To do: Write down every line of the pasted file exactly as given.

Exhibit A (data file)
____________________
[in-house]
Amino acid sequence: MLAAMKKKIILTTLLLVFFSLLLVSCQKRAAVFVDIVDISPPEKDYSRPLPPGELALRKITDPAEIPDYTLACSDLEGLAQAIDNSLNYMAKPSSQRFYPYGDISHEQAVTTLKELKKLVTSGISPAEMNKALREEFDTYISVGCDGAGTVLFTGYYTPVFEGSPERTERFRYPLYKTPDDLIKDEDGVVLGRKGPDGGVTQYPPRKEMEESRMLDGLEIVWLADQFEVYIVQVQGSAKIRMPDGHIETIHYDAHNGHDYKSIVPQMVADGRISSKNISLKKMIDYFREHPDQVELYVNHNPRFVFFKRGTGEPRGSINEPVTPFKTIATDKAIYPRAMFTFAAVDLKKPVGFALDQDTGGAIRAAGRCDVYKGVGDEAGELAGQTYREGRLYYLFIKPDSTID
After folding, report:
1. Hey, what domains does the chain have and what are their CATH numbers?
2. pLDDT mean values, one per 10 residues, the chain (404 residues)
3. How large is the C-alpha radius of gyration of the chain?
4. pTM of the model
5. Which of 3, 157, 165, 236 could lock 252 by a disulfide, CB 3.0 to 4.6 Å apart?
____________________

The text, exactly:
[in-house]
Amino acid sequence: MLAAMKKKIILTTLLLVFFSLLLVSCQKRAAVFVDIVDISPPEKDYSRPLPPGELALRKITDPAEIPDYTLACSDLEGLAQAIDNSLNYMAKPSSQRFYPYGDISHEQAVTTLKELKKLVTSGISPAEMNKALREEFDTYISVGCDGAGTVLFTGYYTPVFEGSPERTERFRYPLYKTPDDLIKDEDGVVLGRKGPDGGVTQYPPRKEMEESRMLDGLEIVWLADQFEVYIVQVQGSAKIRMPDGHIETIHYDAHNGHDYKSIVPQMVADGRISSKNISLKKMIDYFREHPDQVELYVNHNPRFVFFKRGTGEPRGSINEPVTPFKTIATDKAIYPRAMFTFAAVDLKKPVGFALDQDTGGAIRAAGRCDVYKGVGDEAGELAGQTYREGRLYYLFIKPDSTID
After folding, report:
1. Hey, what domains does the chain have and what are their CATH numbers?
2. pLDDT mean values, one per 10 residues, the chain (404 residues)
3. How large is the C-alpha radius of gyration of the chain?
4. pTM of the model
5. Which of 3, 157, 165, 236 could lock 252 by a disulfide, CB 3.0 to 4.6 Å apart?